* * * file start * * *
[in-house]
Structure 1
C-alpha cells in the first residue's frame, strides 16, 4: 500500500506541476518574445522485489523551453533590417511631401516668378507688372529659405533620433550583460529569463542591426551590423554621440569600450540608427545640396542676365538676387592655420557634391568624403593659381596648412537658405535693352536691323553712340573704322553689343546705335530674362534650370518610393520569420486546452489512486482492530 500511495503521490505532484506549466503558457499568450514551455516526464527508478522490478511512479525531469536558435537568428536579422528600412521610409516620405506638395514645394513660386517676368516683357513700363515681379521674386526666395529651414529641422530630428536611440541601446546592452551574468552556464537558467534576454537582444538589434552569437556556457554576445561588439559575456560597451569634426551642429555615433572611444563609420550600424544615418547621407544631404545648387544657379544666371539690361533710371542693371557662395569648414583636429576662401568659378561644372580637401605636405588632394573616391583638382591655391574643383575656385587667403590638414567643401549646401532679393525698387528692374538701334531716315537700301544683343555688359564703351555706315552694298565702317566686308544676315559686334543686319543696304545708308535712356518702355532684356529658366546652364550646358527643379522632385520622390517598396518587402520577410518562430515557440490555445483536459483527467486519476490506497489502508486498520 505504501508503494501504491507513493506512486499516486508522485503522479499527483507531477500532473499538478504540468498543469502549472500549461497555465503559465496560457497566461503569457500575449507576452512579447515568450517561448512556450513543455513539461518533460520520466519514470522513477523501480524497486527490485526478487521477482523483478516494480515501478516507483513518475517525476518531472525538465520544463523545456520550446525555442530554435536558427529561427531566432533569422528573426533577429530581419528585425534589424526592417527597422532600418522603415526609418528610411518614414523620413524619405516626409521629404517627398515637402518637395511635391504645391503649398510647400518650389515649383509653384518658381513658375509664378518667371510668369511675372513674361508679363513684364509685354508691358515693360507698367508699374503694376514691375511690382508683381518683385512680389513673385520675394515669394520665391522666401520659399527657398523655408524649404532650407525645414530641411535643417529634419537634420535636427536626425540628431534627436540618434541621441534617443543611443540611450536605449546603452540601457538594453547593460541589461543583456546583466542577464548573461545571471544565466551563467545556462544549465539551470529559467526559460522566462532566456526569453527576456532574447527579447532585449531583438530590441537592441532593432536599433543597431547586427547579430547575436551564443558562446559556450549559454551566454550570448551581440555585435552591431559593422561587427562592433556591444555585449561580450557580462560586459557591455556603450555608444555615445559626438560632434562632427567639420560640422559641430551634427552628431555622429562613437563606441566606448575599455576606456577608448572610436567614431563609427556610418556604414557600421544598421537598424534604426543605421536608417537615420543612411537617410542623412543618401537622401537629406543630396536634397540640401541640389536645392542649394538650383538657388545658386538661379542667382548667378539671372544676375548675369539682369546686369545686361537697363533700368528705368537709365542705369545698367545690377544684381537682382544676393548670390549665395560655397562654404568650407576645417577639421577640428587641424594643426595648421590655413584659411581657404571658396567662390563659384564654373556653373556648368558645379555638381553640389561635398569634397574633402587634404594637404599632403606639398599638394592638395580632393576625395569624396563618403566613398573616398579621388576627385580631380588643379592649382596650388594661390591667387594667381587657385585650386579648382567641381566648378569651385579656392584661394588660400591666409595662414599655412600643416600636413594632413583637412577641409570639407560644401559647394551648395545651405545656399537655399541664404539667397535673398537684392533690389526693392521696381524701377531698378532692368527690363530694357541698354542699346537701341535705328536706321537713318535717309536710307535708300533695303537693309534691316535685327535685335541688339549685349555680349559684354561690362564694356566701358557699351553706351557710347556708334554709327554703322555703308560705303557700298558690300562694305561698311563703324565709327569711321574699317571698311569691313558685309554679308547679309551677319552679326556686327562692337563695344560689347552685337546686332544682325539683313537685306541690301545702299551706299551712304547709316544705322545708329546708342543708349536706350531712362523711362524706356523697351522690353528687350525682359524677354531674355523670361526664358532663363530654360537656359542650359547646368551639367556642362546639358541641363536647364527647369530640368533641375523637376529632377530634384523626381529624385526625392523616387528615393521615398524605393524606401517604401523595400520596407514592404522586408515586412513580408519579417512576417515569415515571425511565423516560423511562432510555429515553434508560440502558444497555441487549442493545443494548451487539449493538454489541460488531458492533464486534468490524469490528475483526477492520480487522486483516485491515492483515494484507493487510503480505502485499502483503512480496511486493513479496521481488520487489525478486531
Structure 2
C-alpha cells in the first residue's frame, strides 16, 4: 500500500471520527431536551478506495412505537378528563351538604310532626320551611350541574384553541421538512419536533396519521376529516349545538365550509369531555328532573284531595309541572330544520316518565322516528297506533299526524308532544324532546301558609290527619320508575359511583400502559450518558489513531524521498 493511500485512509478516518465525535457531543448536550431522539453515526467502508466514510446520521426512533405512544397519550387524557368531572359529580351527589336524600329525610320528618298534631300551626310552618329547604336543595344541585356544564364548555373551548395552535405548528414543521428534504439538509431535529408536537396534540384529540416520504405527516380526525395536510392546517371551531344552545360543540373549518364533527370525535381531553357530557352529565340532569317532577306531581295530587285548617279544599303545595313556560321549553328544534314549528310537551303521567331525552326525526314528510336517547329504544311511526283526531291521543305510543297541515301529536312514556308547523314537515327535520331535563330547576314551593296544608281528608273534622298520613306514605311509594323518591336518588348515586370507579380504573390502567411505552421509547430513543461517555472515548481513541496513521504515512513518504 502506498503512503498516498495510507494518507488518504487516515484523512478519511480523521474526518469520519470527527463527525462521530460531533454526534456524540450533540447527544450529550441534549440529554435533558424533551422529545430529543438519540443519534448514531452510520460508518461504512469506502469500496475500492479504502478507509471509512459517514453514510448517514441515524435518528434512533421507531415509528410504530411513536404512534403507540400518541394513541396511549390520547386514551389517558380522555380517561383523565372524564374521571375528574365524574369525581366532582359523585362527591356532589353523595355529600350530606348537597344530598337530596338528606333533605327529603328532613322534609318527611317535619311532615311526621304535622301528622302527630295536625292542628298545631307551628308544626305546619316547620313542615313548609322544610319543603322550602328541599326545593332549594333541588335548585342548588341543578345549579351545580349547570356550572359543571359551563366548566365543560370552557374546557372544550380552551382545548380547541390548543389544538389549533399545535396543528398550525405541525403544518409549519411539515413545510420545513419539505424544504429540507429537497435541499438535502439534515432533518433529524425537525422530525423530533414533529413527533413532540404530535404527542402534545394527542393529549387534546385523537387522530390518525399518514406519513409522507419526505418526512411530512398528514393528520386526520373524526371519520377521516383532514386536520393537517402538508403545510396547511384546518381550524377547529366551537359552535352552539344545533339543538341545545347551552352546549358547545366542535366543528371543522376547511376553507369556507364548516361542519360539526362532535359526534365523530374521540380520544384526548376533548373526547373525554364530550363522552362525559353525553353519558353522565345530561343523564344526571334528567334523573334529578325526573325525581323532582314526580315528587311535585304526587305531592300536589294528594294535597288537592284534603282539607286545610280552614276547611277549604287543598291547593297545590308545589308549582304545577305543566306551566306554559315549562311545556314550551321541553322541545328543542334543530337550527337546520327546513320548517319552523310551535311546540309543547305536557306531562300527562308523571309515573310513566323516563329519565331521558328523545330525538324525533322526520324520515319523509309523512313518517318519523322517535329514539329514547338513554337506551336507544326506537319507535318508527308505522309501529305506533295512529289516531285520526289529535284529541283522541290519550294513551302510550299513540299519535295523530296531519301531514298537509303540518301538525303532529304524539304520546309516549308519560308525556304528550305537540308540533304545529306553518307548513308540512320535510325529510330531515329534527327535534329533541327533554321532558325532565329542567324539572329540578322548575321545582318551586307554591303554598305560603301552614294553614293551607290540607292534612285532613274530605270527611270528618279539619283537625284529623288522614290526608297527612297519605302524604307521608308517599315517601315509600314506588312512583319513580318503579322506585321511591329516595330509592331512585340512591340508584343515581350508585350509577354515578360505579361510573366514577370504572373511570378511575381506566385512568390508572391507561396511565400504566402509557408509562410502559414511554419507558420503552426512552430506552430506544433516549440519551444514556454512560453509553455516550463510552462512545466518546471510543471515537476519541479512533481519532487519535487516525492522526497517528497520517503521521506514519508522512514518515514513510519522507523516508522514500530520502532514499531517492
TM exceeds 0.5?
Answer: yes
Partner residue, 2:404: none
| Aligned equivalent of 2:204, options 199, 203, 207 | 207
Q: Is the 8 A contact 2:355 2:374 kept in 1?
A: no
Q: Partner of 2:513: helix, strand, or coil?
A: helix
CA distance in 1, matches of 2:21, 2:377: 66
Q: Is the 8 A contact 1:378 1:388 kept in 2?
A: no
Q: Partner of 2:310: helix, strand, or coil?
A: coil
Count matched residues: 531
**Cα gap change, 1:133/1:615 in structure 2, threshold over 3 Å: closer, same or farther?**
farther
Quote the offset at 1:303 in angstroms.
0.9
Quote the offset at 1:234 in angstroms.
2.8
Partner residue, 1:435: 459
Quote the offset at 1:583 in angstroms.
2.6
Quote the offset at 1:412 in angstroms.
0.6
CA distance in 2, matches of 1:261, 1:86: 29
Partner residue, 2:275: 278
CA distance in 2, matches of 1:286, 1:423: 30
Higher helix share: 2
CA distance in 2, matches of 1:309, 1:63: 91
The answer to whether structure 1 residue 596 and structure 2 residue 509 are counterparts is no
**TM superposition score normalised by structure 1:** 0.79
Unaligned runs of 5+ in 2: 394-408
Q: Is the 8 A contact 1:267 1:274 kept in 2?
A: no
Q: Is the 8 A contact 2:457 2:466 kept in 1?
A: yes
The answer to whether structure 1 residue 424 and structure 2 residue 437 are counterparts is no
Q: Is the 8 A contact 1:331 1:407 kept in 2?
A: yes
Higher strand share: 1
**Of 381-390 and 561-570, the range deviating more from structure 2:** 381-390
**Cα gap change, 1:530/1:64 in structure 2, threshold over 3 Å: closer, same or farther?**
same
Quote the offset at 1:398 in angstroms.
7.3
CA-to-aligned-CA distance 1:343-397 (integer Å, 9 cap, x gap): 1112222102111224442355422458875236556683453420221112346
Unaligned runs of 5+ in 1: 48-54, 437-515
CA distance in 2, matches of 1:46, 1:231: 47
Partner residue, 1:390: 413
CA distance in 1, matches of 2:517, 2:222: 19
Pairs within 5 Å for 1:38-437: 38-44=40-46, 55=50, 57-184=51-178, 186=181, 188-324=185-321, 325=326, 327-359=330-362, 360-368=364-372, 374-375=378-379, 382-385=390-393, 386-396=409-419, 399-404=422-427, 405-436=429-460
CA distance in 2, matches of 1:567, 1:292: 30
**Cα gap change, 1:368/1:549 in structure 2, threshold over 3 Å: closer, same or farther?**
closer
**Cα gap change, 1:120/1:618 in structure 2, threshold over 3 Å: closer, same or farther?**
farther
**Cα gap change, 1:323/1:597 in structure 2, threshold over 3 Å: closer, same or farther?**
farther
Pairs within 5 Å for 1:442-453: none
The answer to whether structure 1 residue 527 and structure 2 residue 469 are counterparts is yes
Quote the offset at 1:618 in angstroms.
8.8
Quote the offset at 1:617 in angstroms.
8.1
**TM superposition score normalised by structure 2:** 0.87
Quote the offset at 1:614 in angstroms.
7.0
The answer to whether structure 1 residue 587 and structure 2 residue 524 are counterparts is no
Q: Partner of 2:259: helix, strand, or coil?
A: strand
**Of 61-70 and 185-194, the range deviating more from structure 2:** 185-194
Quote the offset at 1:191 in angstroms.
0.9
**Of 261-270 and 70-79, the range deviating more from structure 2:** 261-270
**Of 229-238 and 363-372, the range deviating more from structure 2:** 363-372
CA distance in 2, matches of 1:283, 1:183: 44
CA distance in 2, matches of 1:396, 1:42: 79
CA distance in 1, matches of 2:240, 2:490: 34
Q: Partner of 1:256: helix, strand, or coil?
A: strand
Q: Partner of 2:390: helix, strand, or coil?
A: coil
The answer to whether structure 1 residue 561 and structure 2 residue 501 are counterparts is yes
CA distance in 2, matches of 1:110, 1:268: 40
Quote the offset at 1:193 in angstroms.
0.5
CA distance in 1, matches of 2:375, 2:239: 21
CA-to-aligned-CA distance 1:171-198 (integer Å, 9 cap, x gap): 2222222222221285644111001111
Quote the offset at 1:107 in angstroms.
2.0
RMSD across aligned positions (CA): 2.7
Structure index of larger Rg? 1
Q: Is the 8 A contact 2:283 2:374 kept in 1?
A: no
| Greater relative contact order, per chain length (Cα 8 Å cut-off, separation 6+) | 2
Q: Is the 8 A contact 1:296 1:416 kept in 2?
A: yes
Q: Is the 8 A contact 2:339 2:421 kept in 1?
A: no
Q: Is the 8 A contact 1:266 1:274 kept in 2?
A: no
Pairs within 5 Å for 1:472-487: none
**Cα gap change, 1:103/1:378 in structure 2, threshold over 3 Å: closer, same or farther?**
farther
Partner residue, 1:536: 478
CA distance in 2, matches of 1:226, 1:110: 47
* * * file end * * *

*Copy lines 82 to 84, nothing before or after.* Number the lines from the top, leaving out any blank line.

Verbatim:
CA distance in 2, matches of 1:283, 1:183: 44
CA distance in 2, matches of 1:396, 1:42: 79
CA distance in 1, matches of 2:240, 2:490: 34